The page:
Help to digitise is one element of the government support designed to help small business recovery, with the Budget including a £5,000 Help to Grow grant for digital training and management. The Recovery Loan Scheme replaced other government financial support, while the Self-Employment Income Support Scheme was widened, with an extra 600,000 able to claim direct cash grants. In England, the Restart Grant offers funding for non-essential retail, leisure and hospitality businesses.

Finding funding 

Business owners should consider taking advantage of the low-interest financial support currently available. “Some small businesses don’t borrow because they don’t want to be in debt,” says Mr McClean-Bristol. “But if you’re likely to have cash flow problems or you’ve got a viable business that might hit hard times, borrow some money. You can always pay it back, but don’t go bankrupt just for the sake of not borrowing.”

Additional funding could be used to restructure your business model or pivot into a new sector. “We have a client that runs live events and relied on the wedding industry,” says Mr Gillies. “Now they are retraining, using their workspace to host virtual gigs, leasing out recording space, and even offering music tuition over video calls. Thinking outside the box – and not being afraid to go outside your comfort zone – is the way to pivot into success.”

Diversification, adds Mr Bristol-McClean, is the foundation of a robust business model. “If you’re running a very niche company, you’re vulnerable,” he says. “Not being too tied to one particular business stream means if you suddenly lose that business, you won’t be shut down. Operational resilience means being able to flex to deal with the outside conditions.”

In this vein, the Red Sock Launderette is pursuing year-round contracts that are not tourist-dependent, while 
The 25 B&B is exploring business add-ons. “I spent lockdown writing an online training course for people thinking of running their own B&B, passing on my knowledge so they can create a successful business,” says Mr Banner-Price. “We’re also in negotiations with a third-party supplier to provide picnics and casual dining in the form of grazing boxes that can be enjoyed in your room.”

 

The key is understanding your market, concludes Mr Impey: “One thing successful pivots have in common is that these companies knew what their customers wanted.”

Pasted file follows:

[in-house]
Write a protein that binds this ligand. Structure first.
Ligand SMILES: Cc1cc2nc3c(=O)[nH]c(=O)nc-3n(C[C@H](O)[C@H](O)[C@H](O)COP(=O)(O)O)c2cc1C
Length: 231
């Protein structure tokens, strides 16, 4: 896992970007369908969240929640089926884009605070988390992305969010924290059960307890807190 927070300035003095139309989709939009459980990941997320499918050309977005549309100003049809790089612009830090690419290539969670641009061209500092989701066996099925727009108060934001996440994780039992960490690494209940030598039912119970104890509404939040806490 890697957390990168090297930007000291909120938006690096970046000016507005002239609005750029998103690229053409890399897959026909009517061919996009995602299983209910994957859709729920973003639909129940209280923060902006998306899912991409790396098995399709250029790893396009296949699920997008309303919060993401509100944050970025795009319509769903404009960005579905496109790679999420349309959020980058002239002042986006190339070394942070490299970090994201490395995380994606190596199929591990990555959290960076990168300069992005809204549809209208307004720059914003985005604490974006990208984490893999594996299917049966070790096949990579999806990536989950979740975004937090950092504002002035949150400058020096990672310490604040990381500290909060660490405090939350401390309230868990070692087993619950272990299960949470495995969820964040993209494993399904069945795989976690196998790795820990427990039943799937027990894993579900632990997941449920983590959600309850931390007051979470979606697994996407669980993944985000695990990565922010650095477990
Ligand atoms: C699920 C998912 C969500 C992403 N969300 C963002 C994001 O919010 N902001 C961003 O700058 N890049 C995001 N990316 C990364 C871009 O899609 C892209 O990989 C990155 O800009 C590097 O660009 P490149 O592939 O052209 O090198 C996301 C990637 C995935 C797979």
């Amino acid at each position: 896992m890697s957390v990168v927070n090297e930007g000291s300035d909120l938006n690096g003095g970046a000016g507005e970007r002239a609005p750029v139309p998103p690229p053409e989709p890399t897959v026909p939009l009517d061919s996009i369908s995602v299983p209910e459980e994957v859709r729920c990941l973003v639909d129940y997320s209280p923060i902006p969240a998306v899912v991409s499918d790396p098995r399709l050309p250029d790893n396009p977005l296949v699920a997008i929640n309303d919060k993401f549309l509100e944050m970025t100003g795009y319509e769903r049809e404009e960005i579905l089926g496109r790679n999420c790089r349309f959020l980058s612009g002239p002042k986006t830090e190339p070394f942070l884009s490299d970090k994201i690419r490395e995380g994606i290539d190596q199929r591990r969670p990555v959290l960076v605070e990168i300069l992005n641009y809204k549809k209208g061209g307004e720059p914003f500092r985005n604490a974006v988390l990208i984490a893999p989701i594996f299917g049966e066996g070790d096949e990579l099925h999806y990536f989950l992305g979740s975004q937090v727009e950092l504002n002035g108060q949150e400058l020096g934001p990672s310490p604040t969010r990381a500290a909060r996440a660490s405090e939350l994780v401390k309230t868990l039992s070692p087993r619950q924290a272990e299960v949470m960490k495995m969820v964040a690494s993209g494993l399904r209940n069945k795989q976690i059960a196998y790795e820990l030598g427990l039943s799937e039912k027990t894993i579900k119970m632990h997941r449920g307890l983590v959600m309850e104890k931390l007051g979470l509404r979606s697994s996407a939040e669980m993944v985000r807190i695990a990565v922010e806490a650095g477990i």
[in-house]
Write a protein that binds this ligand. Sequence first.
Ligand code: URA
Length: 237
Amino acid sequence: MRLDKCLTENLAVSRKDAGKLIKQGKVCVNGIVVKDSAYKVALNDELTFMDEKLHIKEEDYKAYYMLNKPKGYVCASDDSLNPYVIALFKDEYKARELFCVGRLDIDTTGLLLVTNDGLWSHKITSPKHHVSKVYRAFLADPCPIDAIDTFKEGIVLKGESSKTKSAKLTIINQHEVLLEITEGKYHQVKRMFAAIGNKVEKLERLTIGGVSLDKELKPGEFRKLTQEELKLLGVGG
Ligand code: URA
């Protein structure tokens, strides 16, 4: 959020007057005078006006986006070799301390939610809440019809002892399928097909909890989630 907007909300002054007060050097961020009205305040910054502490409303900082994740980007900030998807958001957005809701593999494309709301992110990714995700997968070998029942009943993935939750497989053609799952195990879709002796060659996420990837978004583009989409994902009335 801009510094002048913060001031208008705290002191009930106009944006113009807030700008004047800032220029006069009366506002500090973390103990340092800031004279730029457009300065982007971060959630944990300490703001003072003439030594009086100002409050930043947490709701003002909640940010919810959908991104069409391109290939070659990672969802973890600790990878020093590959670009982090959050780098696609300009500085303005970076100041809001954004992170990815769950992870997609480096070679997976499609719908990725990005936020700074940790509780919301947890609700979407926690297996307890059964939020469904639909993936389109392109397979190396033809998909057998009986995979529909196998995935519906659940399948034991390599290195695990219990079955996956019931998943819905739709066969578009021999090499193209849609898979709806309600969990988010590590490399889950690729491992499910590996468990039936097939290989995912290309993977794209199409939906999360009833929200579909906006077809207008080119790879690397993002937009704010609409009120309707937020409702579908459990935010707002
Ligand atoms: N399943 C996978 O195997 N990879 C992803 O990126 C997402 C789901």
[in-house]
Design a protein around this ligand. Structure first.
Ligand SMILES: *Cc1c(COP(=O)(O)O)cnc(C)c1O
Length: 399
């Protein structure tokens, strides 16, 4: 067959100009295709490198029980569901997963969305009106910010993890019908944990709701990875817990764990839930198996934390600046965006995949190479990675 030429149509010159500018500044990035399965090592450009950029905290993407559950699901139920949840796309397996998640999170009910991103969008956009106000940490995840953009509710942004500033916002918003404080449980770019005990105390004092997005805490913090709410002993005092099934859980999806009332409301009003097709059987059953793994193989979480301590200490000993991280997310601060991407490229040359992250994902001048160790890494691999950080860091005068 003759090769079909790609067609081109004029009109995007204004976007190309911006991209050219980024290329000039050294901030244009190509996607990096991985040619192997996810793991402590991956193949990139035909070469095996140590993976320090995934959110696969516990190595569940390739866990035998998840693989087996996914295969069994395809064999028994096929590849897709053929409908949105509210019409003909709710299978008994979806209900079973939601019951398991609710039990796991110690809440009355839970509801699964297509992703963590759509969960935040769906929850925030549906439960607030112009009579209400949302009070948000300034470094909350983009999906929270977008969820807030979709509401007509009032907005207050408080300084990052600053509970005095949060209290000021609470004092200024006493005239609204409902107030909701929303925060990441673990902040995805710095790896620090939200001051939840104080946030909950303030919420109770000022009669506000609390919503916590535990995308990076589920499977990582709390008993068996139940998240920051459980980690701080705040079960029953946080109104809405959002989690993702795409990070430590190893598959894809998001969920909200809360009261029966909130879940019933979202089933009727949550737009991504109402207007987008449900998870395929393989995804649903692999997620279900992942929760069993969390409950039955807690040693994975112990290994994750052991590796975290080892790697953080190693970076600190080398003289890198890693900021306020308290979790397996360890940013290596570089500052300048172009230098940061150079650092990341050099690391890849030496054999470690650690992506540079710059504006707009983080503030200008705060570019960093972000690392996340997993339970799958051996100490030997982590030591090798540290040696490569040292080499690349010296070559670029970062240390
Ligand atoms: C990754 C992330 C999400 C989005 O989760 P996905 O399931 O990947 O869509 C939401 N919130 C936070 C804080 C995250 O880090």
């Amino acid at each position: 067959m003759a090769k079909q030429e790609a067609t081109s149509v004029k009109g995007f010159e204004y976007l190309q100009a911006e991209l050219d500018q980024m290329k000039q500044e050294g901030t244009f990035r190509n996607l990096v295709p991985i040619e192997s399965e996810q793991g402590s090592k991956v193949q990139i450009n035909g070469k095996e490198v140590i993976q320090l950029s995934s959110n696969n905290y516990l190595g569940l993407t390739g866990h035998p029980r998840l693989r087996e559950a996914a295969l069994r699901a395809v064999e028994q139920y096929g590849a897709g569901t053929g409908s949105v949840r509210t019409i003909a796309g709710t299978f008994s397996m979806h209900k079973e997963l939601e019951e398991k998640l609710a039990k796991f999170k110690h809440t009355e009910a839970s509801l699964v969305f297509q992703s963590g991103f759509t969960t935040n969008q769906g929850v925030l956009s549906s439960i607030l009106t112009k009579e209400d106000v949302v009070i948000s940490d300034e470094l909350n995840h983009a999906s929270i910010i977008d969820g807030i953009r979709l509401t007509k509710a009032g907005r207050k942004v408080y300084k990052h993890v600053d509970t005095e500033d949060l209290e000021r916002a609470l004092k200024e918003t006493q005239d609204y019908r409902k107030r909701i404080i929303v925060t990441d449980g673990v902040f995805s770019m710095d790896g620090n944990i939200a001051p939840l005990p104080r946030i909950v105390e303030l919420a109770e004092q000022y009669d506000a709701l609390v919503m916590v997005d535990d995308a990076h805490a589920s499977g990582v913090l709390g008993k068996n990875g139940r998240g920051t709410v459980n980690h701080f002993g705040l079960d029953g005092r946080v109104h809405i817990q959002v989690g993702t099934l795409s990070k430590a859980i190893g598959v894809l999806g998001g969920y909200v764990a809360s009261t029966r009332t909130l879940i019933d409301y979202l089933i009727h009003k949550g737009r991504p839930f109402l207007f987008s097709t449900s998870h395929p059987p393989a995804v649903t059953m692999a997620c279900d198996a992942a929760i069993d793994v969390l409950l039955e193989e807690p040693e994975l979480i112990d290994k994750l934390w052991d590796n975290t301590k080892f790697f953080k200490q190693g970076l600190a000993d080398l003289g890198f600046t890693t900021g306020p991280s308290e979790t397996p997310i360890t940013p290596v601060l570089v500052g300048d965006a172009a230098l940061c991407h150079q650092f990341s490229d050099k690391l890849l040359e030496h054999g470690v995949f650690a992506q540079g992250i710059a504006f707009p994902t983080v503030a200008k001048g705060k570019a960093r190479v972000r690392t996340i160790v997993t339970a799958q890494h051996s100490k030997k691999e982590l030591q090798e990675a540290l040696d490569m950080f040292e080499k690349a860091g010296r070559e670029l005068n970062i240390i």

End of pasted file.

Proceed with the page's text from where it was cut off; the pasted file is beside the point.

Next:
Switching focus 

Former photographer Ceri Jennings founded Barry-based Sparkles Cleaning Services Wales & West in 2003 after taking on casual cleaning work during a career break. The company now employs 30 people.

The first lockdown caused a significant shift. “Our commercial contracts were essential services, but domestic cleaning was suspended. We had working staff, furloughed staff, and staff who were shielding – every situation possible!” 

Sparkles kept trading by expanding into construction industry cleaning. “We purchased site-approved, five-point PPE for construction cleaners and hoovers to meet site requirements,” says Ms Jennings. “We asked staff to redeploy to support colleagues on the commercial side. For construction cleaning, they needed specific qualifications, and as soon as training centres opened they were ready and willing to upskill. We’ve worked together to safeguard jobs 
and I’m massively proud of what we’ve achieved.”

The pandemic provided Sparkles and its employees with new opportunities. “One of our aims is to help people who’ve found it hard to get sustainable employment,” she adds. “Cleaning was overlooked in the past – maybe it will be valued more now. The future looks good: we’ve learned a lot and are ready to expand.”

How to build-back better

1 Be open to opportunities: Build an online presence, upskill or forge new business streams with existing skills. Don’t be afraid to try something new

2 Get a fresh perspective: Seek out people who have faced challenges similar to yours or can take a step back and ask pertinent questions

3 Embrace financial support: Keep up to date with the assistance measures available from your national government

4 Employ the right technology: IT is an investment that pays for itself by helping control costs, manage resources and create new revenue streams

5 Take time to work on your business: Focus on building the right processes and empower your employees to take ownership of their work so you have the time to think strategically

 

6 Control cash flow: Cut back your overheads and ensure that every penny is spent in a manner that will benefit your business